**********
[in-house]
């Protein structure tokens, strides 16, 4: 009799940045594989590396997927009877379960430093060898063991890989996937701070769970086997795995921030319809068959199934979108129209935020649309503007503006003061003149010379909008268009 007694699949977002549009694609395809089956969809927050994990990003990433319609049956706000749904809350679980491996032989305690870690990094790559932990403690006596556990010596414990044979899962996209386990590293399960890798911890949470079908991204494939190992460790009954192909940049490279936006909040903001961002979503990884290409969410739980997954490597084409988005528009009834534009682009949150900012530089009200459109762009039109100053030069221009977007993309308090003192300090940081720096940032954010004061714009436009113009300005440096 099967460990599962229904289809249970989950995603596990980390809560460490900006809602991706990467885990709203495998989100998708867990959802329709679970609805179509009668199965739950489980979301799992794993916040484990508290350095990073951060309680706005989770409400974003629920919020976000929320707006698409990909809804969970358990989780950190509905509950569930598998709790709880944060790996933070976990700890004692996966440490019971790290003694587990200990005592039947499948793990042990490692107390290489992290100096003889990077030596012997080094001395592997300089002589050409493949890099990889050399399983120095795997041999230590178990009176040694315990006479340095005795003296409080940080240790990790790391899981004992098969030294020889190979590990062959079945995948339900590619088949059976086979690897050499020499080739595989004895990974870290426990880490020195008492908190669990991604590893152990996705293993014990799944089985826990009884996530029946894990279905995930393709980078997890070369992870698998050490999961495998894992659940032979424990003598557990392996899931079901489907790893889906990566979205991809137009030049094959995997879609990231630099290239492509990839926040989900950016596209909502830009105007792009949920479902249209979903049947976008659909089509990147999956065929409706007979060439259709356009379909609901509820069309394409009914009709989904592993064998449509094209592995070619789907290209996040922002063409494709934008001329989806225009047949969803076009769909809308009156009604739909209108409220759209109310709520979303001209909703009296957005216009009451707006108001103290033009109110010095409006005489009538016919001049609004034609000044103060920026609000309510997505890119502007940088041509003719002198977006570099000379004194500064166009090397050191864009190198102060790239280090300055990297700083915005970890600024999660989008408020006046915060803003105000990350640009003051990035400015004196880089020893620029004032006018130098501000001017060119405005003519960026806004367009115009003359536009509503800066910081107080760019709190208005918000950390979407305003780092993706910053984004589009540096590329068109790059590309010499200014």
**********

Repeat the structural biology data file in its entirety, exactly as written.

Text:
[in-house]
């Protein structure tokens, strides 16, 4: 009799940045594989590396997927009877379960430093060898063991890989996937701070769970086997795995921030319809068959199934979108129209935020649309503007503006003061003149010379909008268009 007694699949977002549009694609395809089956969809927050994990990003990433319609049956706000749904809350679980491996032989305690870690990094790559932990403690006596556990010596414990044979899962996209386990590293399960890798911890949470079908991204494939190992460790009954192909940049490279936006909040903001961002979503990884290409969410739980997954490597084409988005528009009834534009682009949150900012530089009200459109762009039109100053030069221009977007993309308090003192300090940081720096940032954010004061714009436009113009300005440096 099967460990599962229904289809249970989950995603596990980390809560460490900006809602991706990467885990709203495998989100998708867990959802329709679970609805179509009668199965739950489980979301799992794993916040484990508290350095990073951060309680706005989770409400974003629920919020976000929320707006698409990909809804969970358990989780950190509905509950569930598998709790709880944060790996933070976990700890004692996966440490019971790290003694587990200990005592039947499948793990042990490692107390290489992290100096003889990077030596012997080094001395592997300089002589050409493949890099990889050399399983120095795997041999230590178990009176040694315990006479340095005795003296409080940080240790990790790391899981004992098969030294020889190979590990062959079945995948339900590619088949059976086979690897050499020499080739595989004895990974870290426990880490020195008492908190669990991604590893152990996705293993014990799944089985826990009884996530029946894990279905995930393709980078997890070369992870698998050490999961495998894992659940032979424990003598557990392996899931079901489907790893889906990566979205991809137009030049094959995997879609990231630099290239492509990839926040989900950016596209909502830009105007792009949920479902249209979903049947976008659909089509990147999956065929409706007979060439259709356009379909609901509820069309394409009914009709989904592993064998449509094209592995070619789907290209996040922002063409494709934008001329989806225009047949969803076009769909809308009156009604739909209108409220759209109310709520979303001209909703009296957005216009009451707006108001103290033009109110010095409006005489009538016919001049609004034609000044103060920026609000309510997505890119502007940088041509003719002198977006570099000379004194500064166009090397050191864009190198102060790239280090300055990297700083915005970890600024999660989008408020006046915060803003105000990350640009003051990035400015004196880089020893620029004032006018130098501000001017060119405005003519960026806004367009115009003359536009509503800066910081107080760019709190208005918000950390979407305003780092993706910053984004589009540096590329068109790059590309010499200014």